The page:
I’ll give this to Lars von Trier: his movies are not ordinary movies. Clearly, this is the only reason I continue, now and again, to watch them, because in most every other respect they are wretched.
Von Trier is known primarily as a provacateur. Which is to say, he makes movies full of shocking imagery and themes in order to provoke. To provoke what? To provoke a reaction. To scare, to shock, to make angry. This is often an excellent quality for a filmmaker, or any artist, to have. I want to see movies that provoke a reaction other than a yawn or a sigh or the feeling that I’ve just been poked in the eye with a sharp stick by corporate America.
The problem, then, with von Trier, is not that he wishes to provoke, it’s that his cinematic provocations seem to contain nothing else. They are pure provocation without any underlying meaning. More exactly, the meaning is the provocation.
A horror movie like Romero’s Dawn of The Dead (’78) is likewise hugely shocking and provocative. Also, it is clearly not about zombies but about us, how we live, what we think is important, and why we need to wake up and take a good long look at ourselves and the world we have made. Romero has something to say, and to get his message across, to make sure we wake the fuck up and listen, he uses zombies to do the job, some of whose heads blow up. The movie doesn’t provide answers. It asks questions in a way that may not be ignored. Also, it’s funny and exciting and compelling.
Antichrist (’09) is also, according to von Trier, a horror movie, and yes, it contains horrific images. But what is Antichrist about? I can’t answer that. I could very easily make something up, because, this being von Trier, the movie is filled with both beautiful imagery and cryptic allusions–to religion and pyschology and female sexuality and cold male rationality and anything else he can get his hands on, such that anyone with a penchant for finding meaning and metaphor in art could have a field day with it. It is about Satan creating the Earth in place of God? Is it about the inherent evil of women? Is it about talking foxes and indestructable crows? Sure. Why not? It’s a metaphor for the failings of psychology. And the evil that lurks within both forests…and ourselves! It’s anti-woman. It’s anti-man. It’s torture porn made arty. It’s sex and death and religion and…and…and whatever else you need it to be.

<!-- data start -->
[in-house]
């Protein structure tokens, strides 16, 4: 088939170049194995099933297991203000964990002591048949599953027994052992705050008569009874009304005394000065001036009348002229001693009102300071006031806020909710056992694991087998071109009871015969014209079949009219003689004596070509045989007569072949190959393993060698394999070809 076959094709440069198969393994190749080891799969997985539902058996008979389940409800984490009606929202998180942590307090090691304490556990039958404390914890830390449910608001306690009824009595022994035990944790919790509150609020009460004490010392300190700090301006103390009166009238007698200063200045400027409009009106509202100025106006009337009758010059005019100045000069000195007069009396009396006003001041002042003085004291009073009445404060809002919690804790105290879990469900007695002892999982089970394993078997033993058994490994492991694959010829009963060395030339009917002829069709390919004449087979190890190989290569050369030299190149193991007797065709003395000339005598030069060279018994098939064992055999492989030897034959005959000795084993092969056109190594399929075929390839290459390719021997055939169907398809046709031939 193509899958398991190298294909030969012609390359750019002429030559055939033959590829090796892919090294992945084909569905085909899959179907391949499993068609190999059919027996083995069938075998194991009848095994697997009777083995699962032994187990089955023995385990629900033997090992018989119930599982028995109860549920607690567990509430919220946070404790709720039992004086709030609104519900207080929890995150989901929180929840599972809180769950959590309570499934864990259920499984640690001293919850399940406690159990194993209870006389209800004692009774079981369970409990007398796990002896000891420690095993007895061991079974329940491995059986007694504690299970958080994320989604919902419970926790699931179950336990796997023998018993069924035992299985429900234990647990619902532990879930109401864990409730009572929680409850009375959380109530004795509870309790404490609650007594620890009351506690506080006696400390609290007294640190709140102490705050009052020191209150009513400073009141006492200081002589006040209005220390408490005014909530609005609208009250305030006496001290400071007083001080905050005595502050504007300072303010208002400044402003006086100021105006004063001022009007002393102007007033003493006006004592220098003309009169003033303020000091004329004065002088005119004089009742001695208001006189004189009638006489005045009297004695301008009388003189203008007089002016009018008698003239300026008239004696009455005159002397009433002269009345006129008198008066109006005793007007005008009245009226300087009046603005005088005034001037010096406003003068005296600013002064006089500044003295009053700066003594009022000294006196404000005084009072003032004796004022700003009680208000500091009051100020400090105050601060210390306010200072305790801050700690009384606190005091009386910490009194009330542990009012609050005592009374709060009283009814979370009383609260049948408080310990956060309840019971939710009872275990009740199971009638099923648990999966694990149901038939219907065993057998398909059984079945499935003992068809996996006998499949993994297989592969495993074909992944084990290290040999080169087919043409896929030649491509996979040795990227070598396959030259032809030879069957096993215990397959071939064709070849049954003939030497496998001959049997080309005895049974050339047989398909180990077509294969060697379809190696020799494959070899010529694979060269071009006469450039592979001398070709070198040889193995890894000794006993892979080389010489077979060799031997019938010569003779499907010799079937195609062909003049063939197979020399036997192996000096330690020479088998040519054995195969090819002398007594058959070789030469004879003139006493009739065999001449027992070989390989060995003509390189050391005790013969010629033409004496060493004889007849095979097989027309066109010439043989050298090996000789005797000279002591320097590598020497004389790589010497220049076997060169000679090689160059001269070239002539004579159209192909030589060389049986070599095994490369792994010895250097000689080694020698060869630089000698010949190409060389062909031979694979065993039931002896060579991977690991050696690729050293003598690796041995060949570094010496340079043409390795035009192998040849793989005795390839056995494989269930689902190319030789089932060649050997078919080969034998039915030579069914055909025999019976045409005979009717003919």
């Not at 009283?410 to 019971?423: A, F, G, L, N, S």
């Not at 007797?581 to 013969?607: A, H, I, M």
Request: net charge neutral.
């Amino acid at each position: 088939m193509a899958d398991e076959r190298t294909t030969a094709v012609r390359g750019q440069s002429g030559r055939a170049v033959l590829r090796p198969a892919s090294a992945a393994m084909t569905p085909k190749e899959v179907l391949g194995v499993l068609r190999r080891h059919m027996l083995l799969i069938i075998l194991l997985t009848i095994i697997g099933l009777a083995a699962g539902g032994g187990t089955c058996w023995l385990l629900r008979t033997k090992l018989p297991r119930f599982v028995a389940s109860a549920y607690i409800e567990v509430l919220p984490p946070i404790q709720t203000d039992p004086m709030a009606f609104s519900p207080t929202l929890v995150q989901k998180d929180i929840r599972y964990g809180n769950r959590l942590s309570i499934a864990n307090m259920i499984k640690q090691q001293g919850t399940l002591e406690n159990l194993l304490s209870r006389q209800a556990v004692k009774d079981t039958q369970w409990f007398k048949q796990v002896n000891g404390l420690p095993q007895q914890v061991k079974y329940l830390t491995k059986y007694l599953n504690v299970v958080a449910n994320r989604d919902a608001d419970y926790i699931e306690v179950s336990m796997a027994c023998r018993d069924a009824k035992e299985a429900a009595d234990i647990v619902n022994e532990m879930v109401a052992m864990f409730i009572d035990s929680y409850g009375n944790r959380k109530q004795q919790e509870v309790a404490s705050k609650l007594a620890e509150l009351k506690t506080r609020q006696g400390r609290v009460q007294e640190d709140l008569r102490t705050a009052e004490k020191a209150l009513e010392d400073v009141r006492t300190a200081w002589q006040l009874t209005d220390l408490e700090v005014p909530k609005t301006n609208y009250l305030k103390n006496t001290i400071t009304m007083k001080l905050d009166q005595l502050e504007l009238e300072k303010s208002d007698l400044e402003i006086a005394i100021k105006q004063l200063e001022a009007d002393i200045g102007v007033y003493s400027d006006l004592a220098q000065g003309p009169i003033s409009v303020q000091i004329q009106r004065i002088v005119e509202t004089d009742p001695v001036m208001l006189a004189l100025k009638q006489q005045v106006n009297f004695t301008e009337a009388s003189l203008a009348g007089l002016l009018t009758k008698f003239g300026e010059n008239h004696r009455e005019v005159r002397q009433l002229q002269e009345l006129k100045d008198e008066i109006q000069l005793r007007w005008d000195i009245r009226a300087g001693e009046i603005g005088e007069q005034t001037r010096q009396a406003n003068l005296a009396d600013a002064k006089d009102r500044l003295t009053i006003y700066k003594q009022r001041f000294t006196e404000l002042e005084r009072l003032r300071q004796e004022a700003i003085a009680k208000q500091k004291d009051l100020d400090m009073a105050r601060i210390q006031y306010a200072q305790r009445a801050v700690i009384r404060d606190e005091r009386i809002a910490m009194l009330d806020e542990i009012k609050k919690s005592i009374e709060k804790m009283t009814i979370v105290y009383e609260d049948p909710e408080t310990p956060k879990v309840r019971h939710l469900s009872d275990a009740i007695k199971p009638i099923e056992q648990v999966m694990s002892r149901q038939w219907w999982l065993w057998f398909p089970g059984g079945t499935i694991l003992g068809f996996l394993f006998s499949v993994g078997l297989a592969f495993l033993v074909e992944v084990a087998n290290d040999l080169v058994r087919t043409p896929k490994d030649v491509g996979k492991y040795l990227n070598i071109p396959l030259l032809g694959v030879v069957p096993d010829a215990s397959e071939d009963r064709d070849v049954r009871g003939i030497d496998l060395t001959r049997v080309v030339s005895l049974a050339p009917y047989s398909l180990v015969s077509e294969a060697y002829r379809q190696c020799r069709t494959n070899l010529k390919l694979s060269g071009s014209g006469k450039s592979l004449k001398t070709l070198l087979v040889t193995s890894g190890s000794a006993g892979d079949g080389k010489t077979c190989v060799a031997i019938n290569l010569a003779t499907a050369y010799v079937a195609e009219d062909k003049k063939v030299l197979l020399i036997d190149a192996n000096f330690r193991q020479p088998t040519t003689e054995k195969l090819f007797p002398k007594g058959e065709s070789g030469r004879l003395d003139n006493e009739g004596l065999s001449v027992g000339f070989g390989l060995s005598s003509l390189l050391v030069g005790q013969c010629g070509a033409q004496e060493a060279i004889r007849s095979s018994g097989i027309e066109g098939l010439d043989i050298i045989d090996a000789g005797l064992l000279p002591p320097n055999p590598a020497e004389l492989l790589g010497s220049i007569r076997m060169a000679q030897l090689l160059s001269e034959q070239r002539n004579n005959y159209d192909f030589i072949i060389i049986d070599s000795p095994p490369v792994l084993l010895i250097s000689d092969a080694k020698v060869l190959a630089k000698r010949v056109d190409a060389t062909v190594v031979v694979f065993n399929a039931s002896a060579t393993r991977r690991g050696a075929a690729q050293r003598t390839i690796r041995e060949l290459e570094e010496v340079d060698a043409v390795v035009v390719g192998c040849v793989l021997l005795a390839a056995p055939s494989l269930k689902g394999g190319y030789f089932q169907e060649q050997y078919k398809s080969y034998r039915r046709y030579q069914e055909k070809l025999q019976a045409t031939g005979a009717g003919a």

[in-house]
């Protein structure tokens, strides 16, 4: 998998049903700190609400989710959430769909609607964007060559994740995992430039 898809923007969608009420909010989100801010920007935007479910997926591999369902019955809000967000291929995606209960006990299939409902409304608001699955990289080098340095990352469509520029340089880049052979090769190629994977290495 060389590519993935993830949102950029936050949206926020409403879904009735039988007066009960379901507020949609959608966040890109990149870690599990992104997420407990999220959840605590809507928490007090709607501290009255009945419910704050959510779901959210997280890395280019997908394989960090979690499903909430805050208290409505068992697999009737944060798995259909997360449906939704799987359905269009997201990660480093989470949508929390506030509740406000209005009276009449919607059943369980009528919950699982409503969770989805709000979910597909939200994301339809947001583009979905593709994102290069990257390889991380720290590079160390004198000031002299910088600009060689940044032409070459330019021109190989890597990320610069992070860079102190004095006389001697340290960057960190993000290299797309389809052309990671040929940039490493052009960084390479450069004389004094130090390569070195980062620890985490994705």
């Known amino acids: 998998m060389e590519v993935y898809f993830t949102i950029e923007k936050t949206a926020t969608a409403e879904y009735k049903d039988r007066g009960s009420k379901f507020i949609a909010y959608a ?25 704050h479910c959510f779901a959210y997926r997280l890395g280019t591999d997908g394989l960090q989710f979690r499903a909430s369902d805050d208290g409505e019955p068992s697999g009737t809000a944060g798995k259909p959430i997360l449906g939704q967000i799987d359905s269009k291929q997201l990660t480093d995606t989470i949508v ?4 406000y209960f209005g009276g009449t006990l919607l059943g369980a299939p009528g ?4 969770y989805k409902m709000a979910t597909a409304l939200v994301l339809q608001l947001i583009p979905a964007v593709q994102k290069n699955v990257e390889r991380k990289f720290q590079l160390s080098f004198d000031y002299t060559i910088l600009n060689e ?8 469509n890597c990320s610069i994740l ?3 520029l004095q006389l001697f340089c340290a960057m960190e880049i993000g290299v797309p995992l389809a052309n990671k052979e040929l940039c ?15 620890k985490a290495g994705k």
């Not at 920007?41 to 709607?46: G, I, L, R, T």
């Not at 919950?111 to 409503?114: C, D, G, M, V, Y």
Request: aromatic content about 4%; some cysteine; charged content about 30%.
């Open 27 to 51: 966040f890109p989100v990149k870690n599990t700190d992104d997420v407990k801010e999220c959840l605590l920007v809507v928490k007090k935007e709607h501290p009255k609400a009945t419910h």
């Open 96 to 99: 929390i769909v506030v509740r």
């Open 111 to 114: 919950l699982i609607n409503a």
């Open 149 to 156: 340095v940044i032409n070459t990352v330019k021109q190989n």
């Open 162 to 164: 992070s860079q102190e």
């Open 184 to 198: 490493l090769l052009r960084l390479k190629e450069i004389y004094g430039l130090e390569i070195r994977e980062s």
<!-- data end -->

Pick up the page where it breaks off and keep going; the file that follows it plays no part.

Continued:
And isn’t that what we should want in a movie? No clear answers? A springboard for conversation and deep thought? Yes. It’s certainly what I want. So what’s the problem with von Trier and Antichrist?
It’s that I feel just as jerked around by von Trier as I do by Spielberg, but for different reasons. In a Spielberg film, or most any Important Hollywood Drama™, I’m told exactly what to feel and why to feel it. It’s manipulation of the worst kind. It’s the opposite of art. It’s emotional propaganda. In a von Trier film, I’m shown a succession of horrible images or shocking events rendered with excessive artiness, which don’t cohere into anything at all. All the shocks are on the surface. Digging down reveals nothing at all. The movies are empty vessels into which any interpretation at all may be shoved.
Do I sound insane? Reading this over I feel like it. I realize what I’m getting at is a hazy distinction at best. My favorite movie by far this year is Upstream Color, the meaning of which will be different for every viewer, by design. Why isn’t Antichrist the same thing? Why do I feel manipulated by von Trier and respected by Carruth?